Some of the provisions of the California rule look really strange, Kedzie said. According to one carrier contacted by ATA, taking a dry load into California in a non-certified reefer trailer and coming out with subsequent dry load would still be a violation of the regulations.
ATA's data led to a Washington DC hearing in front of the EPA, Kedzie said. The air resources board sent one representative to the hearing; all other attendees were from industry groups or motor carriers. “I left that hearing with a positive feeling about being able to show the air resources board how mistaken it was while developing its regulations,” he said.
The primary claim from ATA is that the California regulations impede interstate commerce, Kedzie said. Those regulations will change the way trucking conducts business, because carriers must make a conscious effort to determine how to serve California. According to the air resources board, only 30,000 refrigeration units can be found in California on any given day. Of those, 23,000 are said to be based in the state, and only 7,500 refrigeration units come into California from out-of-state.
ATA presented a completely different set of data, Kedzie said. According to ATA data, 340,000 refrigeration units spread throughout the US will feel the impact of the California regulations. At least 75% of the national refrigerated trailer fleet will enter California at some point. “The state says it is implementing a local regulation, but 75% of the total fleet sounds like a national standard to me,” he said. “We feel that the federal government and EPA are in a better position to establish national standard, if needed, than is the state of California. No single state is entitled to impose regulations that have national implications.”
California is involved in what is known as a “technology-forcing standards” with its new rules. The law limits the number of technology-forcing standards that can be proposed in a given period of time. Adequate notice must be given to develop the technology needed to comply with the rules. “In particular, industry cannot keep accepting unknown level of cost, nor can technology be pushed into areas where there are no known solutions,” Kedzie said.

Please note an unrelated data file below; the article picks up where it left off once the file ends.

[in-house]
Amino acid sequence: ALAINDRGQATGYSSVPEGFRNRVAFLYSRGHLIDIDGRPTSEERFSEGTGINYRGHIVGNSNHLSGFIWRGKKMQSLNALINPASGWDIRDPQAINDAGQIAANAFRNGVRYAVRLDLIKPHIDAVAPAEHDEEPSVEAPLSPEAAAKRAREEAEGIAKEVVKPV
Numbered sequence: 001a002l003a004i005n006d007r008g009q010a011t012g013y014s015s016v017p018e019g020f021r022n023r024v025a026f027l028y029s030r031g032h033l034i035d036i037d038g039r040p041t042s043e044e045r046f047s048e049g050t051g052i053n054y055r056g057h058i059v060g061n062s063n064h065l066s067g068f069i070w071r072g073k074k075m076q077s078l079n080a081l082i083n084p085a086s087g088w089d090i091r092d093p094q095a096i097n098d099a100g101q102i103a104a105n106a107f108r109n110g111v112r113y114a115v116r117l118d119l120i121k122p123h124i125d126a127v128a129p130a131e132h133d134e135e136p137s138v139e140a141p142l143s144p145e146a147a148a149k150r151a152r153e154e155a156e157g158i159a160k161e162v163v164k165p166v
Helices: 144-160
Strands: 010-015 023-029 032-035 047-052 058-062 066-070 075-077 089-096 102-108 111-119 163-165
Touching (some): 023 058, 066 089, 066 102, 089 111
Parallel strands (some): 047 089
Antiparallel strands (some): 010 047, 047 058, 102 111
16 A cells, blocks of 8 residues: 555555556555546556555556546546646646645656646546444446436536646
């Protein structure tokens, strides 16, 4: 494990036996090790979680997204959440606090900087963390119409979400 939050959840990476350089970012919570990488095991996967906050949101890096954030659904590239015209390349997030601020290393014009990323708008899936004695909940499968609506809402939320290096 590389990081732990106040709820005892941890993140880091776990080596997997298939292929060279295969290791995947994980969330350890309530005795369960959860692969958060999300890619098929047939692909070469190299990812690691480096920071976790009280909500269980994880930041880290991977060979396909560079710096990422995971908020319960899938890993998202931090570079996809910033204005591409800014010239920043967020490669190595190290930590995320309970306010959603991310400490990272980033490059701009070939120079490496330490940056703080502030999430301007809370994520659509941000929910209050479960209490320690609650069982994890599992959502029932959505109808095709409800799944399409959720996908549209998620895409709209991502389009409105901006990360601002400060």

In addition to asking for results that may not be possible, California wildly underestimated the cost impact of its regulations, Kedzie said. According to the air resources board, total compliance costs will fall into the range of $87 million to $156 million. The experts contacted by ATA suggest a much higher cost of compliance. With an impact on 340,000 refrigerated trailers, complying with the California regulations will cost fleet operators and their customers something between $775 million and $1.4 billion, he said.
So far, EPA has not approved the California request for a waiver of certain provisions of the Clean Air Act. The act does not require EPA to issue a ruling on a specific date, Kedzie said. In fact, EPA does not have to act at all and seems in no hurry to decide.
Obviously, the whole thing will end up in court. If EPA delays long enough, the air resources board will probably sue, trying to force a decision in its favor, Kedzie said. The air resources board also will sue if EPA rules in favor of the trucking industry. On the other hand, ATA will sue if EPA favors the California position. “ATA views the California reefer rules as a good test case to define what the states can do and how much California has overreached in this instance, getting too far ahead of the rest of the country,” he said. “The association has what it believes to be the best environmental law firm in the country ready to handle this case. Not only are the lawyers ready, ATA has the money available to pursue a court case.”